Tuesday, March 2, 2010

Strength in What Remains by Tracy Kidder

His name was Deogratias, or "thanks be to God" in Latin. The reader meets Deo as he is boarding an airplane that will take him away from the slaughter (where a million people died) in Rwanda and his homeland, Burundi, a genocidal war fought between the Tutsi and the Hutu.

Deo had been a third-year medical student at the top of his class when he escaped Africa and, thanks to the kindness of a wealthy classmate's family, flew to New York City on a business visa (he was told to say he was in America to sell coffee).

He had $200 in his pocket and spoke only French.

A baggage handler at the airport offered Deo space in his apartment, which in fact was only a squatter's room in the worst part of upper New York City.

Deo learned rudimentary English by studying a French-English dictionary. His money gone, he managed to find a job delivering groceries for $15 a day, working for a contemptuous manager who poked him with a long pole to get his attention. When Deo's benefactor, the baggage handler, returned to Africa, Deo began sleeping at night in hidden places in Central Park. He found it peaceful--trees and stars and grass, like Africa.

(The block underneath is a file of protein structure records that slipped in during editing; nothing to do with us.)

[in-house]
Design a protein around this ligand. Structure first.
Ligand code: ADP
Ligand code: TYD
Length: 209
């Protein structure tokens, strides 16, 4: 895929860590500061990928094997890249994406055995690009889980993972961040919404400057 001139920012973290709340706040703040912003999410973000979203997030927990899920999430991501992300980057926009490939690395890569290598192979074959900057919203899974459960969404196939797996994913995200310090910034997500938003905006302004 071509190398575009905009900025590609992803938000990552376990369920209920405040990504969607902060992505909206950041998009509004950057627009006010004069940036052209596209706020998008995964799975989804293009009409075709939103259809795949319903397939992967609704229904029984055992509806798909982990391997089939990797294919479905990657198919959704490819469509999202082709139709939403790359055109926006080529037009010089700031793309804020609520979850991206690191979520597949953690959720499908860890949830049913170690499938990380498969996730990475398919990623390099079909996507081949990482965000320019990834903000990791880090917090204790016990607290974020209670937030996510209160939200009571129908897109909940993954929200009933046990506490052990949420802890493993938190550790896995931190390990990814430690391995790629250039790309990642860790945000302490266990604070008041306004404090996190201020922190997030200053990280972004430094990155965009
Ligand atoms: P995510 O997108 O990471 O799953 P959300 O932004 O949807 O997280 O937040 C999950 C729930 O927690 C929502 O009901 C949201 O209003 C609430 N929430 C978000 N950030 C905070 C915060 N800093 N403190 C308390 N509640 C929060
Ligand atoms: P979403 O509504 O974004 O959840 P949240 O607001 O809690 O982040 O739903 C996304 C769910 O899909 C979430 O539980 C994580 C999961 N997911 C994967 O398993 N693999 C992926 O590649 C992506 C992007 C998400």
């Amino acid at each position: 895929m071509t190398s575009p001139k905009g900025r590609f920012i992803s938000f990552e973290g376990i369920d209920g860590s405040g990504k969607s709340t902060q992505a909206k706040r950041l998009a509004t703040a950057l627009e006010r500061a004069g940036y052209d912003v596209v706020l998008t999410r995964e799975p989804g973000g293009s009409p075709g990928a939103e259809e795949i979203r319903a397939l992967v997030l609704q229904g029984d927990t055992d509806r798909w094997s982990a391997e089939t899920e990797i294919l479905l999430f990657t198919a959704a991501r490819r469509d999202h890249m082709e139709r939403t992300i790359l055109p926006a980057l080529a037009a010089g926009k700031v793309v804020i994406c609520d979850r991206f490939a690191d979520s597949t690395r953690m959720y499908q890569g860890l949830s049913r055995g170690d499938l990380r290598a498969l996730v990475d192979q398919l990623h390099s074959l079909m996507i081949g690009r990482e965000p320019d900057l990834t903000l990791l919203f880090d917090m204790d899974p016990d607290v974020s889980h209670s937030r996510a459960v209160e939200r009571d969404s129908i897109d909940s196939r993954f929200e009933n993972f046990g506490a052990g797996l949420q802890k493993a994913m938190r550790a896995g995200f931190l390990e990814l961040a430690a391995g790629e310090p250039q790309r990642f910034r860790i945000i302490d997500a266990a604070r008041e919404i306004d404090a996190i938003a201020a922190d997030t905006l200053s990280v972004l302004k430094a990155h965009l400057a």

Not only did Deo experience loneliness and cruelty in America, but he also endured appalling memories of the last months in Burundi. He slept poorly, was always afraid, and saw no hope for a future.

He prayed to God to end his life.

Then Deo met a kind nun who reached out to help him, and within two years, amazingly and miraculously, Deo was enrolled in Columbia University...

How the kindness and support of strangers served as catalysts to transform his bleak future is the central part of Kidder's book.

But this astonishing true story doesn't end with Deo's triumphant entry into an ivy league university: Kidder also follows Deo, now a graduate student in the public health field, on a journey back to his past, where he finds some of his family still living; and he describes Deo's intense efforts to help build medical facilities for his people.

Although often uncomfortable to read, Tracy Kidder's Strength in What Remains is a superb accounting of a single human life that endures and triumphs in the face of overwhelming trauma.

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